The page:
United States GDP Slowed to 2.0% in Q1 2023

The United States GDP grew by an annualized 2.0% for the first quarter of this year according to the latest figures from the Bureau of Economic Analysis (BEA) in its third and final estimate.

US Final GDP data released on Thursday showed an annualized increase in the first quarter of 2023 of 2.0%, revised upwards from the second estimate in May of 1.3%. The higher gain in the third estimate was due to upward revisions to exports and consumer spending, according to the BEA.

The GDP growth of 2% was respectable but reflected a continuing downtrend in US economic activity, as GDP growth in the third and fourth quarters of 2022 was 3.2% and 2.6%, respectively. The main driver of this deceleration in growth is the Federal Reserve’s aggressive rate-tightening cycle.

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The BEA noted that the current US Dollar GDP, which does not account for the impact of inflation on the current value of GDP, increased by 6.1% year-on-year, lower than the 6.6% gain in Q4 2022. 

Current dollar personal income increased in the first quarter by $278.0 billion, revised upwards from $251.3 in the second estimate. The increase was primarily due to an increase in wages and government social benefits, according the BEA. This was considerably lower than the fourth-quarter reading of $398.8 billion.

Core PCE prices, which excludes food and energy and is closely watched by the Fed, rose 4.9% in Q4, a shade below the 4.8% gain in the second estimate.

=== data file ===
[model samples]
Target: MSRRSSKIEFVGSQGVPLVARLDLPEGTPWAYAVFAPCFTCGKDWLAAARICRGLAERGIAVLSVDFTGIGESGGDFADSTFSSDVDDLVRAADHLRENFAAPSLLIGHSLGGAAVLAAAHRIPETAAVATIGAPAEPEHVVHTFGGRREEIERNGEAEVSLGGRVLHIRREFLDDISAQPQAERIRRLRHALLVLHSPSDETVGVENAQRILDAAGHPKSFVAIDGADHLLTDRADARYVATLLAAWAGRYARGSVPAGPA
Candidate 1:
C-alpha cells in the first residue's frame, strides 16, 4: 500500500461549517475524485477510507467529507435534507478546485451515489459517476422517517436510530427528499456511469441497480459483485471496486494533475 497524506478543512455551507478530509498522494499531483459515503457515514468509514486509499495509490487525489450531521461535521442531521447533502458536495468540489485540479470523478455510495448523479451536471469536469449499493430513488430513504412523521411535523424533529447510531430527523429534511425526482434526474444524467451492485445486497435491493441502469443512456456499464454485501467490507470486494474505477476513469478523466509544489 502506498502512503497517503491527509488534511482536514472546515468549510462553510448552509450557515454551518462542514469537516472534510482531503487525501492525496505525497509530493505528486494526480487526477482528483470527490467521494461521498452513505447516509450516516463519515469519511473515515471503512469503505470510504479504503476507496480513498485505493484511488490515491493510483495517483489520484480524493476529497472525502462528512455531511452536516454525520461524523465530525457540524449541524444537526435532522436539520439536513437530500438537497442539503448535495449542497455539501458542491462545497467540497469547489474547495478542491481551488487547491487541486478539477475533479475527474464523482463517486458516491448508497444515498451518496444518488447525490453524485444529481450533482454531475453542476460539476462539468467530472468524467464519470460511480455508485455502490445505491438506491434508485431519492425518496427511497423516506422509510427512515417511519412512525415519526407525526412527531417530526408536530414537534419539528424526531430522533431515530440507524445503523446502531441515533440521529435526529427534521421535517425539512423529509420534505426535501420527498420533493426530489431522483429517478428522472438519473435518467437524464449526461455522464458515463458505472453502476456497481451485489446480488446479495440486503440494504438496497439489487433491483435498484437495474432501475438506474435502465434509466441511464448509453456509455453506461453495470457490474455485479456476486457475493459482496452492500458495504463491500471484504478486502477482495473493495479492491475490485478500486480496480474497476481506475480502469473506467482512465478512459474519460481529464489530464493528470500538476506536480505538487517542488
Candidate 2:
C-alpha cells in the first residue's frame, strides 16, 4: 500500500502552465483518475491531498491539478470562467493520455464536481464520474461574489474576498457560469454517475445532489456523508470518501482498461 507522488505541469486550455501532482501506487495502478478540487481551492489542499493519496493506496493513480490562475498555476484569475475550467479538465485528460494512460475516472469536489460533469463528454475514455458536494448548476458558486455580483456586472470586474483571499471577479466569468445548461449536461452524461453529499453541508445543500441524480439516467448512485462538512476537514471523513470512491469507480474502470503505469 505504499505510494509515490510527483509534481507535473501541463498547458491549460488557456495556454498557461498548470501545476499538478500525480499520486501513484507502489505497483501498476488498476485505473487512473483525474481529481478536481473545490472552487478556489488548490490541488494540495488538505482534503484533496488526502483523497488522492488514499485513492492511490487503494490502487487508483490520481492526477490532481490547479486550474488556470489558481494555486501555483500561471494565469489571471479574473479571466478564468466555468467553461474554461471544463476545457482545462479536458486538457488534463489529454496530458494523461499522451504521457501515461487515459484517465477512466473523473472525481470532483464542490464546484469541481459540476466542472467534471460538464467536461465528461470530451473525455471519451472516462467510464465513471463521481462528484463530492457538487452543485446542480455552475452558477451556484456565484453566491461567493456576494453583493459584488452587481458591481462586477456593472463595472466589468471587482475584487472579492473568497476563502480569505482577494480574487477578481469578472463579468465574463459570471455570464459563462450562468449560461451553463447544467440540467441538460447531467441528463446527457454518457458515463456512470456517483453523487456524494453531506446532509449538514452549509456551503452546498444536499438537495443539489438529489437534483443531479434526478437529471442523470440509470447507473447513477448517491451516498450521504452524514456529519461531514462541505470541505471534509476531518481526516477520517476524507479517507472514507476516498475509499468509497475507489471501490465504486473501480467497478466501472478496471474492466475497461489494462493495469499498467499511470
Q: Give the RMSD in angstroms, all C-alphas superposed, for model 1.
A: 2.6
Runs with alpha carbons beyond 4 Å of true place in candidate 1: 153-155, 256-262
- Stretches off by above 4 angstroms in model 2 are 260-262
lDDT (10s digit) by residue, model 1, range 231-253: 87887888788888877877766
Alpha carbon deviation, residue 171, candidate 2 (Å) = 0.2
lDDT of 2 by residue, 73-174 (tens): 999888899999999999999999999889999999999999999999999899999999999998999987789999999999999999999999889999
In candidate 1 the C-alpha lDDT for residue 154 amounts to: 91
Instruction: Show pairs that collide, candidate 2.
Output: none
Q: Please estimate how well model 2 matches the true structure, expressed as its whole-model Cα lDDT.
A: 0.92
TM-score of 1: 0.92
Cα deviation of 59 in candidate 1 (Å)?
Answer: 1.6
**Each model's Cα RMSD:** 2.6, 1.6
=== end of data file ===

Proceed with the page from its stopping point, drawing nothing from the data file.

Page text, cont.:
The US economy is slowing down, but the labour market remains surprisingly resilient despite high interest rates. Initial jobless claims, released today, dropped to 239,000, down from 265,000 previously and below the consensus of 264,000. The Fed needs the labour market to cool down before it can wrap up its rate-hike campaign, and we are likely to see rate hikes in July and in September or October.

In the Forex market, the US dollar has gained against all the major currencies in the aftermath of the GDP and unemployment claims reports, on optimism that the Fed will raise interest rates in July. The markets have raised the probability of a 25-basis point hike to 89%, according to the CME FedWatch tool.

The Japanese Yen against the US Dollar fell to a new seven-month low of ¥144.85 and is poised to break below the symbolic 145 line, with speculation growing that Tokyo will intervene in the currency markets as it did late last year.

US stock markets showed little movement at the start of the North American session, but both the  S&P 500 Index and the Nasdaq 100 Index ended the day lower.

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